When talking about business strategies, commentators often talk about goals, and occasionally mention objectives. These terms are, however, usually not clearly defined and very seldom is there a solid hierarchy or discernable relationship between them. In some cases they are used interchangeably. Unfortunately, the use of these terms in other fields and endeavors (like behavior and coaching) often results in understandable confusion. There are real reasons to use each of these concepts to serve specific and distinct functions in support of business strategy and you can build a stronger and more useful strategy by allowing them to satisfy different roles.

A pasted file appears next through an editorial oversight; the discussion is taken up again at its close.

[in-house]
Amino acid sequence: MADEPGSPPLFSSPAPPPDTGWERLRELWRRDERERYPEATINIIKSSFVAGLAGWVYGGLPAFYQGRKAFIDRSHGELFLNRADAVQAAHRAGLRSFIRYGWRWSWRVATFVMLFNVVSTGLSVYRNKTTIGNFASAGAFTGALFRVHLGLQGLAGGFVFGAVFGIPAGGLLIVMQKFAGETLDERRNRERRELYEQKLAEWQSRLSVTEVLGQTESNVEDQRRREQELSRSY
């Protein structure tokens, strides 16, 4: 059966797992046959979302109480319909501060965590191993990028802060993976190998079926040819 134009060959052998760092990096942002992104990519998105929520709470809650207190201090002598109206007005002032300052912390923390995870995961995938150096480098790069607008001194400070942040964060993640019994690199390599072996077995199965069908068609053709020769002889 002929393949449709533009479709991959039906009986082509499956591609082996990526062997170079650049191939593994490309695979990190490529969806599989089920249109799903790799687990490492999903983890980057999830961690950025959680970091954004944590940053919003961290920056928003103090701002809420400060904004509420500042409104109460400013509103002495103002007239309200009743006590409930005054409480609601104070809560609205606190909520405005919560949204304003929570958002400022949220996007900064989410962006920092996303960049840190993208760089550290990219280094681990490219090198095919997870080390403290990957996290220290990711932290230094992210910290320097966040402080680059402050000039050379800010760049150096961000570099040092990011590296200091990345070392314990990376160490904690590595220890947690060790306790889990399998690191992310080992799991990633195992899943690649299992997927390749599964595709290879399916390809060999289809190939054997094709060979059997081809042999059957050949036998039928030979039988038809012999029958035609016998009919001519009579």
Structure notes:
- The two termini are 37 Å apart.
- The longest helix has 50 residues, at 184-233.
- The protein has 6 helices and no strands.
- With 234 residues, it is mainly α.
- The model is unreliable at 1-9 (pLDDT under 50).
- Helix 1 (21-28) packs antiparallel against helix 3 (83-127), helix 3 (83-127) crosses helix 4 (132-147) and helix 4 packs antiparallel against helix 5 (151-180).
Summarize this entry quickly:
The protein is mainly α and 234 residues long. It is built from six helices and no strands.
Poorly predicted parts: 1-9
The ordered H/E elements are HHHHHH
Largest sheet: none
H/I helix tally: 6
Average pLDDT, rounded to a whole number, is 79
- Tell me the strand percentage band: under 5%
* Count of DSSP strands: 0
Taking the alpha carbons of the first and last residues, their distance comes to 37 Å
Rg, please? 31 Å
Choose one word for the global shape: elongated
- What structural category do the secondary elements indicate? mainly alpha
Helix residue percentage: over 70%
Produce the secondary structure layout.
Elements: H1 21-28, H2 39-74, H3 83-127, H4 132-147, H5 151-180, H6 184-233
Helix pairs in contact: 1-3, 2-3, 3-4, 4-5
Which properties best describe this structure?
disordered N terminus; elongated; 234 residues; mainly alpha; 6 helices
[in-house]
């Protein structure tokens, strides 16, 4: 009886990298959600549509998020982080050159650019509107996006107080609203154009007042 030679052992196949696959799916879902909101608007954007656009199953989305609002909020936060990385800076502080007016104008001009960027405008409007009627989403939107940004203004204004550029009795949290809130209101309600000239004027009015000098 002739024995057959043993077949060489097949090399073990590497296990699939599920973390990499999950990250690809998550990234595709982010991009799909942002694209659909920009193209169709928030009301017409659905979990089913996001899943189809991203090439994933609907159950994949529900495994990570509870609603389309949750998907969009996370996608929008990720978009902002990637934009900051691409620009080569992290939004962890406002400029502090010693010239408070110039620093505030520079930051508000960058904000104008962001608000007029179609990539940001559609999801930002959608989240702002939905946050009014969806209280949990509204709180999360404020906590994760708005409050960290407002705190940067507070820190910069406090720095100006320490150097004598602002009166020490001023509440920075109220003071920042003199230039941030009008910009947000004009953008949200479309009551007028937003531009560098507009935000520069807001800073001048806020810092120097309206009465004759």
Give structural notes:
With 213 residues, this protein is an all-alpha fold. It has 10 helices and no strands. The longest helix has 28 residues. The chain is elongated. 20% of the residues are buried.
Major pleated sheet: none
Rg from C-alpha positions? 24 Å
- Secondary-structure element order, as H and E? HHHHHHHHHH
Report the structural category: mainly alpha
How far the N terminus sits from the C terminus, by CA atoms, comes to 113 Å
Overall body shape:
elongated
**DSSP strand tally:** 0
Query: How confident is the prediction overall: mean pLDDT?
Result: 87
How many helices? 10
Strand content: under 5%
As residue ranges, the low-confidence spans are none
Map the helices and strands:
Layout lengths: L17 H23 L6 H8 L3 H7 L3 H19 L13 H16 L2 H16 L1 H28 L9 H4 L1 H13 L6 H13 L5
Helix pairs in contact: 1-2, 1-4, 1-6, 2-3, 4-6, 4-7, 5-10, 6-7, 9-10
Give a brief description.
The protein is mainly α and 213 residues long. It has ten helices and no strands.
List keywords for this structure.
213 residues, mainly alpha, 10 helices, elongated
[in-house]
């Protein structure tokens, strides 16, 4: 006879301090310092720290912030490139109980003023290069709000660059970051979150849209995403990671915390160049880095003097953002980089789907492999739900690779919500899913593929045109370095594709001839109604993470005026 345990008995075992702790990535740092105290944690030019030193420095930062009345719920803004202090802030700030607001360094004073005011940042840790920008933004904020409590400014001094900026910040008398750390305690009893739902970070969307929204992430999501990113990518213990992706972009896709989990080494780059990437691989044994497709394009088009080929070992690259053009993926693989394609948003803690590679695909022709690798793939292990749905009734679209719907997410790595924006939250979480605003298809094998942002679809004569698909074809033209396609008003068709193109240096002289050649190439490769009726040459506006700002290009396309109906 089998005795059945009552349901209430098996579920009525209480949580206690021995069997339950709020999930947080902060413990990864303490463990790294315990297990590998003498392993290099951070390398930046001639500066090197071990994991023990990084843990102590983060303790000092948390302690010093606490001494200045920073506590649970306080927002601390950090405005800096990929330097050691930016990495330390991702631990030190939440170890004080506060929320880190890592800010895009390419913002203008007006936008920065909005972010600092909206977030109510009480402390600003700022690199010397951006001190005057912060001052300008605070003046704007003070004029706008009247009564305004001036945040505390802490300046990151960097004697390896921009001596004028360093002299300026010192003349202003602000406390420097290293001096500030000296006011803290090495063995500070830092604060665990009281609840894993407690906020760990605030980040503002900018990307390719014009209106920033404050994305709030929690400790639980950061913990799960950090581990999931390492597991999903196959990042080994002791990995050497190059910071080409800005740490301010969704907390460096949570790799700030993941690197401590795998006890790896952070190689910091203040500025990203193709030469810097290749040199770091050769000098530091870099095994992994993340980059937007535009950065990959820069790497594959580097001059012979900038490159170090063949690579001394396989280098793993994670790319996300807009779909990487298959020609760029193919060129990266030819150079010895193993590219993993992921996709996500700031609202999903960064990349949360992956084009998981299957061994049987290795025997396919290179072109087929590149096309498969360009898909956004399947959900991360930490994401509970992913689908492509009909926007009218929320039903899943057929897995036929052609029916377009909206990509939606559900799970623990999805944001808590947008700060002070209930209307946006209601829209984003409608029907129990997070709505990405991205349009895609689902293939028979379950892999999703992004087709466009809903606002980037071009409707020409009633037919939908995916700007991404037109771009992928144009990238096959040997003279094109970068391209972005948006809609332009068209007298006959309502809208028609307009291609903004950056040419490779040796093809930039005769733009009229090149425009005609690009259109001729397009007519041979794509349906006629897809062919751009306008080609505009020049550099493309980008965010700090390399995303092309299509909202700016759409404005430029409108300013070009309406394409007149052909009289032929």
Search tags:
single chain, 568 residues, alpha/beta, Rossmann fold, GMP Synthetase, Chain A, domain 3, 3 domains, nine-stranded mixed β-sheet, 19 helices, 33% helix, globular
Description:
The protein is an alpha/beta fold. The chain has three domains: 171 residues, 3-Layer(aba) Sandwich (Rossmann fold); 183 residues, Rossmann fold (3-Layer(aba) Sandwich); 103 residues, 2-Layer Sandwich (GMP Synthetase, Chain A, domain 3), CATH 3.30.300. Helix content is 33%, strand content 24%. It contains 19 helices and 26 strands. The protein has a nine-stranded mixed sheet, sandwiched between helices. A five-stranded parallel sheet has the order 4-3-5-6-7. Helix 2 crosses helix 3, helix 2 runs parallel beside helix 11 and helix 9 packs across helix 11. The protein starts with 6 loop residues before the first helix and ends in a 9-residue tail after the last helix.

In my experience; a business or strategic goal should be a general statement of intent that is broad, relatively undefined but expresses the vision and aspiration of the organization. It could have measurable aspects, but does not necessarily have to have them. One very good example of effective goal setting was President Kennedy’s statement to Congress in 1961: “This nation should commit itself to achieving the goal, before the decade is out, of landing a man on the moon and returning him safely to the earth.” It might be useful to remember that, when Kennedy gave this speech, the US had never put any man into space under any circumstances. A little over eight years later, Neil Armstrong stepped onto the moon’s surface. Kennedy’s goal was aspirational and visionary, it had some measurable aspects and it was sufficiently clear to serve as a focal point for his subordinates and teammates to initiate independent work in support of it.